- Saturday: 90 minutes of power yoga
- Sunday: 4 mile run
- Monday: impromptu sandwich workout
- 15 minutes of Arc trainer
- 48 pushups
- bicep curl tabata
- leg tabata with: scissor jumps, weighted squats, pulsing lunges, balancing lateral leg lifts
- shoulder press tabata
- 15 minutes of biking
Yesterday’s workout was quick, tough, and felt wonderful. It’s been a couple of weeks since my last pushup but I managed to pick up where I left off, with 4 sets of 12. Needless to say, my legs and arms are quite happy to be sitting and typing this morning. I’m hoping to fit in a run later this afternoon and yoga tomorrow.
If you have a second today, check out my November partners!
- Hillary‘s cute blog has tons of great workouts, recipes and fitness inspiration. She also has quite a story behind her passion for health and wellness. Plus, anyone who blogs about exercise and chocolate chip cookies all in the same post is someone you want to get to know.
- Misa is the sweet and stylish designer behind Misa Jewelry. Misa creates beautiful, hand-crafted jewelry inspired by the beauty of nature and her upbringing in Hawaii and Micronesia. I own a few pieces of hers and they’re stunning. No wonder celebs love her jewelry, too!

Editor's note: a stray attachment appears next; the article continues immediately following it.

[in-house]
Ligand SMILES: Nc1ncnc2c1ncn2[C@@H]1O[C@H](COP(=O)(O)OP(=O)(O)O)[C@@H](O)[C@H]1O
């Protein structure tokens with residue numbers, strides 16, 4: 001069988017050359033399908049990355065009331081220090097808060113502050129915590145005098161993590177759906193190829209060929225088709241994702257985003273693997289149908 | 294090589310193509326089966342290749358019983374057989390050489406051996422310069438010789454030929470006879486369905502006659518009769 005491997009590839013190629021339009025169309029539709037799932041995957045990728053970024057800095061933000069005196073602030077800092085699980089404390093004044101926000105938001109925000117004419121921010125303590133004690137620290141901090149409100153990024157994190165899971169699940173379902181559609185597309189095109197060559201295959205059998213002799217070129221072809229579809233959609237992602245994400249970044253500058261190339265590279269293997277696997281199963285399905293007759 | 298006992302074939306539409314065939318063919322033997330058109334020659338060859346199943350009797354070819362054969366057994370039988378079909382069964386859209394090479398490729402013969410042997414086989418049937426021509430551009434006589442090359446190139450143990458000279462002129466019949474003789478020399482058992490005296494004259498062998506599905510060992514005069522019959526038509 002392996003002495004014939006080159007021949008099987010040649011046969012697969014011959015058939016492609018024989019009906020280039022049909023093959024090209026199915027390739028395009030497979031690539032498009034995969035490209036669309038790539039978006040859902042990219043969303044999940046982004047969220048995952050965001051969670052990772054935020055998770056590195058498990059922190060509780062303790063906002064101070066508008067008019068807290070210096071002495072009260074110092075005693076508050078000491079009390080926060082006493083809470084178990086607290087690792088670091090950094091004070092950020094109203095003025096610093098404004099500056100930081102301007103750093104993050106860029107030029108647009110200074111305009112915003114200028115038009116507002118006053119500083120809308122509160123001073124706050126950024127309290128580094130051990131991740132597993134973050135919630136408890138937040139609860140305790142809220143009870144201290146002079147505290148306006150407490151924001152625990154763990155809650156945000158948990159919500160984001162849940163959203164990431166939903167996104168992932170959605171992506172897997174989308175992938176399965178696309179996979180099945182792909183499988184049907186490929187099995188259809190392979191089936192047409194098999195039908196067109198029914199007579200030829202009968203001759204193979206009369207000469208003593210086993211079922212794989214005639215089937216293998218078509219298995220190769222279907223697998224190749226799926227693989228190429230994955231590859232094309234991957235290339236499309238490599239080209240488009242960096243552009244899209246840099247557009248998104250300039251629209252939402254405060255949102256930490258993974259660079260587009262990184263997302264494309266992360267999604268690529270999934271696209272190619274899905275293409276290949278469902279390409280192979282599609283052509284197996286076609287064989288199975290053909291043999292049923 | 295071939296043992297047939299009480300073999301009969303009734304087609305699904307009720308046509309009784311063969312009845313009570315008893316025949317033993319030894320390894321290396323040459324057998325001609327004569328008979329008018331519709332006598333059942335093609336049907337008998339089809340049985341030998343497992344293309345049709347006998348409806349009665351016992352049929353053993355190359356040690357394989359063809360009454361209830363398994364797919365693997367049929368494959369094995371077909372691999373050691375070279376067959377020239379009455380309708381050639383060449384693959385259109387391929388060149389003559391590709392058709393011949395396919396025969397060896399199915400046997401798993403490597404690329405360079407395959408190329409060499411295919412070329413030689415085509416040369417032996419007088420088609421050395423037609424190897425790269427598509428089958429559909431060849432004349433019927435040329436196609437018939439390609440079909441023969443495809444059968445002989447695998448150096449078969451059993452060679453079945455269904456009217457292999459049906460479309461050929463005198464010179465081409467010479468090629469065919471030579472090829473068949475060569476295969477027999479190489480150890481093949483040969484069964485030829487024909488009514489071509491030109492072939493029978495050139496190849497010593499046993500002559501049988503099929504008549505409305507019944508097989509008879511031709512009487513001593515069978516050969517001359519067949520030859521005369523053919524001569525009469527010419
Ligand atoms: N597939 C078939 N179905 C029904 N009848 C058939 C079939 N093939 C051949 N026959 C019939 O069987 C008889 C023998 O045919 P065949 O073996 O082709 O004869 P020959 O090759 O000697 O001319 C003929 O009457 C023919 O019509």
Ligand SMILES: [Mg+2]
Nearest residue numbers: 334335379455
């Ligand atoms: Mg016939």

Well, it’s time to get back to business planning. Thank goodness I voted early and don’t have to worry about wasting time in lines today. Have you rocked the vote yet? I hope so!
P.S. If you’re interested in partnering, check out my Sponsor page for more info. New sponsors get 1/2 off their first month and button design for only $5. Prices, promo codes and ad purchases are all here.
I’m sure you evening runners are dreading turning the clocks back this weekend but I’m an early exerciser and the anticipation is killing me. We’ll continue to lose daylight hours for another 7 weeks now though, so the 6am glimmer of daylight I’ll have as of Sunday morning will surely be short-lived.
I’ve done a fair bit of running in the dark over the years. Sometimes, it’s necessary. It’s not particularly fun and actually can be quite dangerous if you’re not prepared. I learned this the hard way.
I once had a crazy ass dog come after me in the wee hours of the morning. Granted this could have happened at any time of day but with not a soul around, I envisioned being dragged off and mauled. I had my phone in hand but no real plan of who I‘d call for help if this dog ever attacked me. Luckily, this angry little monster backed off when I kicked it in the mouth (which I still feel badly about) – but that’s when I realized being prepared is absolutely necessary.